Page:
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A 65-year-old hospital patient died after pieces of watermelon, served as part of his dinner, got stuck in his throat.
Mr Kline George Verney was found unconscious in his bed at Tan Tock Seng Hospital (TTSH) on Jan 26, 2017, at about 6pm.
Despite efforts to save him, he died about an hour and a half later.
A staff nurse managed to expel three pieces of watermelon, about 3cm long and 1.5cm thick, from his throat.
According to The Straits Times, a doctor later found more watermelon and grains of rice between Mr Verney's vocal cords.
Another three pieces of watermelon were removed with a pair of forceps.
On Nov 30, State Coroner Kamal Ponnampalam found Mr Kline's death to be an unfortunate misadventure.
He had been admitted to TTSH on Nov 28, 2016, for a head injury from a fall and placed on an "easy chew" diet as he had no teeth.
The state coroner explained: "TTSH places patients on 'easy chew' diets due to a variety of reasons, including limited chewing ability, swallowing impairment, a lack of dentition and dentures, or even just personal preference."
Staff nurse Cao Cai Yun noted on Dec 6 that Mr Verney had a full set of teeth, which he told her were his own.
After a review about a month later, on Jan 8, 2017, a dietitian found him to be underweight.
The medical team was recommended to consider switching Mr Verney to a regular diet if there were no clinical contraindications.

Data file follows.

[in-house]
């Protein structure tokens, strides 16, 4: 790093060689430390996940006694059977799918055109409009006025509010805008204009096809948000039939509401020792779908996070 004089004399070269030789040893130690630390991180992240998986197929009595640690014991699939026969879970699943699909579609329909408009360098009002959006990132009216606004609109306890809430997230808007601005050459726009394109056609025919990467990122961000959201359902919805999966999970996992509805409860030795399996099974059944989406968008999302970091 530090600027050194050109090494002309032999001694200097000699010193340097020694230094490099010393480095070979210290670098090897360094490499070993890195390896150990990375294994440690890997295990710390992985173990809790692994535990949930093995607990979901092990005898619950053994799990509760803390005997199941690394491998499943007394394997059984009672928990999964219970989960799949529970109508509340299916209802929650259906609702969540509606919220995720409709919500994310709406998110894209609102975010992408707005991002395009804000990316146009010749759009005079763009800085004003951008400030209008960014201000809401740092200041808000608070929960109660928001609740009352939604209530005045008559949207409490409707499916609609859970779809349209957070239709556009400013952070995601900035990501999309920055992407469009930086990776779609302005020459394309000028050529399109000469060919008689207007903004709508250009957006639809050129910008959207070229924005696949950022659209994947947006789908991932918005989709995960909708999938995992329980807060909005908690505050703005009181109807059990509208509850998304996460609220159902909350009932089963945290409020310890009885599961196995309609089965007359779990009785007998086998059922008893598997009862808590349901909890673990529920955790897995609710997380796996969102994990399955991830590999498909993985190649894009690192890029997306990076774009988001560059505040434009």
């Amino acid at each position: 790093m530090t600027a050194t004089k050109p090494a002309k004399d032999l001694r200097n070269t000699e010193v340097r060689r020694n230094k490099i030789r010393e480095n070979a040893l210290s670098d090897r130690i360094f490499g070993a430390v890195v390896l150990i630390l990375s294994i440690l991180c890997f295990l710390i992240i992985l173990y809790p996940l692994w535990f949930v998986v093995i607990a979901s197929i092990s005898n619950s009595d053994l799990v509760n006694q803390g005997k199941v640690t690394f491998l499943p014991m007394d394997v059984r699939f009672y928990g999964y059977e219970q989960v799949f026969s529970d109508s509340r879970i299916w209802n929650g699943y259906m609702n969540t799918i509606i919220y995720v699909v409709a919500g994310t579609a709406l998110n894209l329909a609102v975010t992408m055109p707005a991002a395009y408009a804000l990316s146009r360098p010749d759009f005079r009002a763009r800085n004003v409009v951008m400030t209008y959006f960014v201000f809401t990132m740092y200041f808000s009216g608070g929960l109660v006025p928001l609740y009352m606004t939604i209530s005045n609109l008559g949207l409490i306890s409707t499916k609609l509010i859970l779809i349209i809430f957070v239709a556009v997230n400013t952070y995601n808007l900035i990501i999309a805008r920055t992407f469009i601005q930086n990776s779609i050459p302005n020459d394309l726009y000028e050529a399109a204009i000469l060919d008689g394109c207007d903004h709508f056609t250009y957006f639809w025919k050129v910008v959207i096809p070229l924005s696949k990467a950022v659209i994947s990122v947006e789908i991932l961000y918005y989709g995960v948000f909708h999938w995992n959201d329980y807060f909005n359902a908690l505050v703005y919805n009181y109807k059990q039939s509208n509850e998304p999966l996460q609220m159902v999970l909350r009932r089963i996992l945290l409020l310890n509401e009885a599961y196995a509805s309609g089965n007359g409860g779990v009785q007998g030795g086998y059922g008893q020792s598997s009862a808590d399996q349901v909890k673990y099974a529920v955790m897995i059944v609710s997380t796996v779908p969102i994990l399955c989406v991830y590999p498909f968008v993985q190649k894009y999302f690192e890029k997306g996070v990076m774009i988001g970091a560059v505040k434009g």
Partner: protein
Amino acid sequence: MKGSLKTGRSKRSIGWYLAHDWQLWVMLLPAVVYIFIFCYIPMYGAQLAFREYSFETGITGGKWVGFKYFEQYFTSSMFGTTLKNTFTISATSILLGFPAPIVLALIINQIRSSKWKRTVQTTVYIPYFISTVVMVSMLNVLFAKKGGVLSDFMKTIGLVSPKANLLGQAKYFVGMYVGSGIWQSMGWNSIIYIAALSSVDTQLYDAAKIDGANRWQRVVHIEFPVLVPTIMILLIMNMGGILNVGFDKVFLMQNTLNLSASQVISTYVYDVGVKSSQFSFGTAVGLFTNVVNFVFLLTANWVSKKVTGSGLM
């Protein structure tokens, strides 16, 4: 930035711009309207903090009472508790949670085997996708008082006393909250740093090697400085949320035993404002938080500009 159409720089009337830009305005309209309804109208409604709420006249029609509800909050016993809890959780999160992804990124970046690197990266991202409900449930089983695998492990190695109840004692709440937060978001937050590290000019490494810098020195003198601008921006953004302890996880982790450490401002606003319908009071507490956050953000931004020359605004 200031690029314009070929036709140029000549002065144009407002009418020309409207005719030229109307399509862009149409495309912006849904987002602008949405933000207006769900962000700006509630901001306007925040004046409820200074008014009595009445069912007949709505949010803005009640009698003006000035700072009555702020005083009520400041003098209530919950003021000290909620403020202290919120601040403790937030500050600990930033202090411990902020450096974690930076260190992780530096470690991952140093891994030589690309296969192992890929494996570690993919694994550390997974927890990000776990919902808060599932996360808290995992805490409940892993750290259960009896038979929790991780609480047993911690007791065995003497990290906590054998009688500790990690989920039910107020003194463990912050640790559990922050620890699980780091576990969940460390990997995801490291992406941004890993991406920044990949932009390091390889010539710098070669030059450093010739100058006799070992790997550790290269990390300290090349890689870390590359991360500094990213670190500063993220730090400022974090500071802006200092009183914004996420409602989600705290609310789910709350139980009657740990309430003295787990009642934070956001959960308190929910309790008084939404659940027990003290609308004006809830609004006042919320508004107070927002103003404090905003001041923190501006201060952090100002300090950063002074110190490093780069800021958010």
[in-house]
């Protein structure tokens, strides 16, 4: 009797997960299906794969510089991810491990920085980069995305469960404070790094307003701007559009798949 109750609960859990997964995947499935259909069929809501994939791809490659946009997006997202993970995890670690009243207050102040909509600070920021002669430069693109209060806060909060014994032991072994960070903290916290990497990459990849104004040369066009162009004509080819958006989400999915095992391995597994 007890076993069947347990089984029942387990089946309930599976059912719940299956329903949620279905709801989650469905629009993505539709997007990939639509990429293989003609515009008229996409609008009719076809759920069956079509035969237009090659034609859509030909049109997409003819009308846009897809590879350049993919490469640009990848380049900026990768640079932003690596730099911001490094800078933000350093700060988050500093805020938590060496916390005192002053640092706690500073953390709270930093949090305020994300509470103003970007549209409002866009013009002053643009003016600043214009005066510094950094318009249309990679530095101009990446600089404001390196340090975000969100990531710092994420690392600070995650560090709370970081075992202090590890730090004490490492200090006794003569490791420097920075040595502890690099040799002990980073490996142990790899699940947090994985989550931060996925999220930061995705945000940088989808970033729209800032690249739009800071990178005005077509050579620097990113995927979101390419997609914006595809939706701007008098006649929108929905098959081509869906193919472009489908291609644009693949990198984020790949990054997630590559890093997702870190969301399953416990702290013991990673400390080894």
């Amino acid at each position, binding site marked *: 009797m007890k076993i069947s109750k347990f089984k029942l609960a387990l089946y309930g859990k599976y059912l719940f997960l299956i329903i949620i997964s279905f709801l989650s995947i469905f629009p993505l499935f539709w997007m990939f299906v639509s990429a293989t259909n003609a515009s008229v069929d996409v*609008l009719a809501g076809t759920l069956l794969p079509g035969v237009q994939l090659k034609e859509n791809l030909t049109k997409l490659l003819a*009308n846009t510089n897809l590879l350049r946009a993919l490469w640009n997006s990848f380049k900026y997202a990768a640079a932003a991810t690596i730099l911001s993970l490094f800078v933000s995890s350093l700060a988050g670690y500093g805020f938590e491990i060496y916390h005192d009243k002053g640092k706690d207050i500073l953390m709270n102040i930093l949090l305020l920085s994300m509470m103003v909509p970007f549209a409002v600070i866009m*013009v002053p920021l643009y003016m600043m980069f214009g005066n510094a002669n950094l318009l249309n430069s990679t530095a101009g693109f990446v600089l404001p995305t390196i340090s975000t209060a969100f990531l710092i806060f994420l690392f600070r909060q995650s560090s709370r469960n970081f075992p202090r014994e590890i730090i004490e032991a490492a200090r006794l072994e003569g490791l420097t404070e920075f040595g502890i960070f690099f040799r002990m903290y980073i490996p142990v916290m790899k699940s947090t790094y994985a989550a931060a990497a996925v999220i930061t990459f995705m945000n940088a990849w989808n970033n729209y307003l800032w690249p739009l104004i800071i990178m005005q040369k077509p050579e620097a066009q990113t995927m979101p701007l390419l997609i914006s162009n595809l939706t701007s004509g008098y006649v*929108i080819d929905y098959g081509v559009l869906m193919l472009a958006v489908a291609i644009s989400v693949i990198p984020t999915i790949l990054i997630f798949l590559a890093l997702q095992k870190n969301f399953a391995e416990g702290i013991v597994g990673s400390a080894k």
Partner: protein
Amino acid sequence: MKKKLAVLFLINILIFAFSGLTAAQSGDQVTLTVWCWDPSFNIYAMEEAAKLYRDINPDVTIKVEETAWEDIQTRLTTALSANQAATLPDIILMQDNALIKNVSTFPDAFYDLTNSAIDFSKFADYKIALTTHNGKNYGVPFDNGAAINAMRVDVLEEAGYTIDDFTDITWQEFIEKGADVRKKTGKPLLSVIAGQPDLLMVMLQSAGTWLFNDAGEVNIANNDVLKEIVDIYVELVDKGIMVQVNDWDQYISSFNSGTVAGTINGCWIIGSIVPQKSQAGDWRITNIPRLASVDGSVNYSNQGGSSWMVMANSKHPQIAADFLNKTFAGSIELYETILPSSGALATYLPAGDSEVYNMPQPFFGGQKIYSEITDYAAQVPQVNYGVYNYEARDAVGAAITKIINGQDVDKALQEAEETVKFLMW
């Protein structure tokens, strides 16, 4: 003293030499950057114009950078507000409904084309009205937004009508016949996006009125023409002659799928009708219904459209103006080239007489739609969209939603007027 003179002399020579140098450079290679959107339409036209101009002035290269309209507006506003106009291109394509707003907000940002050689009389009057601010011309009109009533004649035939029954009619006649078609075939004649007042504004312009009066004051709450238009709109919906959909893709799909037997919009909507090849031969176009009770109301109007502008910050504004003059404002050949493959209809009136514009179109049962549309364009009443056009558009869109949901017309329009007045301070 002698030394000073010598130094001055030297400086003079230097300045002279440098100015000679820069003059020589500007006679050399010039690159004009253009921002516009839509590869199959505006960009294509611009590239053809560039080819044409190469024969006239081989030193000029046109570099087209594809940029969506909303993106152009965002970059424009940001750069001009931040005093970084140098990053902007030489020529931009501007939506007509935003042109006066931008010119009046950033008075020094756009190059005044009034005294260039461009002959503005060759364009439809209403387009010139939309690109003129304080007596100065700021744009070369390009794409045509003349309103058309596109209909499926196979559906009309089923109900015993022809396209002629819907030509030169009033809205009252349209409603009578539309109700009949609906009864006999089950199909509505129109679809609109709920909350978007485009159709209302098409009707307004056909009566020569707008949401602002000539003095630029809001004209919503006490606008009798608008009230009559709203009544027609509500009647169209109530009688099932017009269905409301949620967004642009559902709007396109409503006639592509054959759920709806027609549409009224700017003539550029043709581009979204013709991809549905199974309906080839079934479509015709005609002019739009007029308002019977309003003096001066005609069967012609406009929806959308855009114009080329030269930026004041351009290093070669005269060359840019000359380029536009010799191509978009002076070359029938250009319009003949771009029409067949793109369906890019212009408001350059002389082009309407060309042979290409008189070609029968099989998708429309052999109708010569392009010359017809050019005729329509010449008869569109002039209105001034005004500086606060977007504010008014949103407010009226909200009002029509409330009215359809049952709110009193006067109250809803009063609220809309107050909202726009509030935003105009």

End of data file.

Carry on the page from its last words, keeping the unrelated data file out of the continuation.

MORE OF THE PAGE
According to the state coroner, watermelon is served in small pieces to patients receiving regular diets.
Ms Cao could not find any records stating that Mr Verney required a specific diet when she later looked through his notes for documents containing instructions from doctors or speech therapists.
The staff nurse had observed that Mr Verney had "a full set of teeth and was independent in feeding with no swallowing impairment".
Therefore she indicated in his documents that he was given a regular diet.
However, some of her colleagues recalled seeing him using dentures.
According to Lianhe Zaobao, they said that he had a cup with dentures next to his bed.
Mr Verney's daughter, who was not named in court documents, had confirmed that her father had a habit of eating very quickly and that he would swallow his food with minimal chewing.
Mr Verney also had lumps of rice almost blocking his main bronchi, the passageway to his lungs, showed an autopsy later.
The state coroner said that he died due to an acute airway obstruction by a foreign body.
Lianhe Zaobao reported that the man was waiting to be transferred to a nursing home after he was admitted to hospital.
Read the full story at The Straits Times.